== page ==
Tractors continued piling crushed rocks on Manila Bay to create a white sand patch that will serve as "Boracay" for Metro Manila's quarantine-weary residents. Officials continued to deflect mounting criticism as the Department of Health warned of potential hazards.
The sand is actually crushed dolomite, a form of sedimentary rock. When inhaled, dolomite dust can cause respiratory issues. It can also irritate the eyes and cause an upset stomach, even diarrhea when ingested, Health Usec. Rosario Vergeire said, adding the effects are "minor."
More than a "beach enhancement," the sand is meant to prevent soil erosion. It also helps in flood control, said Presidential Spokesman Harry Roque. "Although primarily it is beautification, mayroon din pong dahilan bakit ginawa yan (it was started for a reason)."
Manila Mayor Isko Moreno said the project should be investigated to determine if it could harm the environment. He said the Department of Environment and Natural Resources, among the lead agencies for the initiative, was in the best position to determine that.
"Para matuldukan ang mga agam-agam, dapat siyasaytin ng mabuti kung yan ba ay mapaminsala (To address all apprehensions, the alleged harmful effects should be investigated)," Moreno told Teleradyo.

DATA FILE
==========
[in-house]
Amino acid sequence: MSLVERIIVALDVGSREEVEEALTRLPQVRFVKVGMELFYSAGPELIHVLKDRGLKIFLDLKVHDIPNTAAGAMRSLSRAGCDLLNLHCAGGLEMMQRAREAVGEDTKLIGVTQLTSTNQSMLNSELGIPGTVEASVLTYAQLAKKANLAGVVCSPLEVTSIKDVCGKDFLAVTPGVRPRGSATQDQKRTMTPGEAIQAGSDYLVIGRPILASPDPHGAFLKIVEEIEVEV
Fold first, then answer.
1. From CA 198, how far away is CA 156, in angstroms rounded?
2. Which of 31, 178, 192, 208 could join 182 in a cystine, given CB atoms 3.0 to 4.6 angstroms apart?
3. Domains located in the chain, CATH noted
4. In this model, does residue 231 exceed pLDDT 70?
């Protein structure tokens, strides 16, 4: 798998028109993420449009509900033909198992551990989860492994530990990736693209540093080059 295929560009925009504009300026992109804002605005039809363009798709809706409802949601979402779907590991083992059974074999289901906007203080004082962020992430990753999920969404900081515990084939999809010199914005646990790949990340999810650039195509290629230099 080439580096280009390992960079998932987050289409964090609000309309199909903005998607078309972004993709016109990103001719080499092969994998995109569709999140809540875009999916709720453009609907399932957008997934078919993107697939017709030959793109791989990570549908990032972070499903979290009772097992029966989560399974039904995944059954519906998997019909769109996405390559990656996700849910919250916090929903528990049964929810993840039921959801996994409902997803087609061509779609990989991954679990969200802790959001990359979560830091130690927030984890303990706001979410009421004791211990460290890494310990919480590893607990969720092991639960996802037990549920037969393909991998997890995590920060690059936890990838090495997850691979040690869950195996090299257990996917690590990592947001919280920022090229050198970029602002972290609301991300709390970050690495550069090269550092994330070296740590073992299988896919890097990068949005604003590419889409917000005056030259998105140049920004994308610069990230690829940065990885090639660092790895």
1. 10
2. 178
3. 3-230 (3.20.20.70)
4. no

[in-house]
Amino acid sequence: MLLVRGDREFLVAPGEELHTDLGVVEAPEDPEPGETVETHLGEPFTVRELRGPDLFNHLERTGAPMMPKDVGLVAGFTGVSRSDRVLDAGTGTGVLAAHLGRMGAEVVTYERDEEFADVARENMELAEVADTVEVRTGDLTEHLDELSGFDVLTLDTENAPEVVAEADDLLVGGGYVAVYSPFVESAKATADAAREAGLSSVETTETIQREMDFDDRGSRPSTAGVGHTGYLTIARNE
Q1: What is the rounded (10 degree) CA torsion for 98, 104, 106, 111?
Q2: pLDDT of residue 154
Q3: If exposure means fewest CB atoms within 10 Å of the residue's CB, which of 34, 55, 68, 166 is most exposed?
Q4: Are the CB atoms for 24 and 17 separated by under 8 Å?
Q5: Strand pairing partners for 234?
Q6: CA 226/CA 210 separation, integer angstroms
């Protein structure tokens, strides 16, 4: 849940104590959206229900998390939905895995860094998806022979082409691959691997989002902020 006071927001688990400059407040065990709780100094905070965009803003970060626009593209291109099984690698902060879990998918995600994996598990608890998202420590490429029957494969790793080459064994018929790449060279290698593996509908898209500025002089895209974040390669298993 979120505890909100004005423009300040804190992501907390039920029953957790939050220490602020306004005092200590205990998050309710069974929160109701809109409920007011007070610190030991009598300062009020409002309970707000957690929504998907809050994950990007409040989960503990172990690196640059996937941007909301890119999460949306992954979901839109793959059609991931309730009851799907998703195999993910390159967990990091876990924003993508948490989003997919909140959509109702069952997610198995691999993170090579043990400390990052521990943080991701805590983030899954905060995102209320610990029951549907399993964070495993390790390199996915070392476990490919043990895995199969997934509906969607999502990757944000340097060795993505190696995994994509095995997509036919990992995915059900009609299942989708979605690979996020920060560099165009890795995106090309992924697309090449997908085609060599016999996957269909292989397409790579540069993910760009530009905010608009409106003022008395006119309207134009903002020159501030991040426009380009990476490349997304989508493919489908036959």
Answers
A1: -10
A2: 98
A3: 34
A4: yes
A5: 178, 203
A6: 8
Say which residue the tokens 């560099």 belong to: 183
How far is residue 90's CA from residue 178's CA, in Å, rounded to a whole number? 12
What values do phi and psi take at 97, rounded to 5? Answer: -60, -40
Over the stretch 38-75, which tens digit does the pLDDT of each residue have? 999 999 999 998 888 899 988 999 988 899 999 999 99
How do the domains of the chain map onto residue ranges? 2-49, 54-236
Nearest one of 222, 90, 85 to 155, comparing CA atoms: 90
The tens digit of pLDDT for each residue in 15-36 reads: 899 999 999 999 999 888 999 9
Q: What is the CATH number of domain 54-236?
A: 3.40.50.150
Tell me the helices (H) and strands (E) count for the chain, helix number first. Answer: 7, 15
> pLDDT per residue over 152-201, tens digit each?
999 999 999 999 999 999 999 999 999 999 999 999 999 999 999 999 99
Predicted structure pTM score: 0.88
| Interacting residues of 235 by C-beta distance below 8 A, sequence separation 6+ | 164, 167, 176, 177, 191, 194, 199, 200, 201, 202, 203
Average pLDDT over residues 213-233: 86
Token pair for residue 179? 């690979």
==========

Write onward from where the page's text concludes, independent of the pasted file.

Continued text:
Moreno said sand that was not as white was laid on the same area as part of a larger clean-up and rehabilitation drive and there were no protests. "Di ko maintindihan na all of a sudden, it became an issue when you're going to rehabilitate the waters of Manila Bay and put in more texture to create a more vibrant Manila Bay."
Bishop Broderick Pabillo, the apostolic administrator of the Manila Archdiocese, described the project as "ill-timed," when people are going jobless and hungry during the pandemic. "There are many incorrect things with this project, foremost is that it is not attuned with the current predicament of our nation," he told church-run Radyo Veritas.
Vice President Leni Robredo said the white sand project was "insensitve" at this time. Had the same multi-million peso budget been given the the Department of Education, Sec. Leonor Briones said it would have been spent on distance learning equipment.
Manila Bay and Pasig River in Metro Manila have long been symbols of water pollution in the mega city of some 12 million people, or about a tenth of the population. Past officials have attempted to clean and beautify the waterways to varying success.
The government must first address the root cause of pollution in Manila Bay before giving it an aesthetic makeover using white sand, Rodne Galicha, head of green group Living Laudato Si, told ANC.
“There are a lot of things to do,” such as cleaning up esteros, monitoring factory waste, and surveying the wastes left behind by ships that stop by Manila Bay, he said.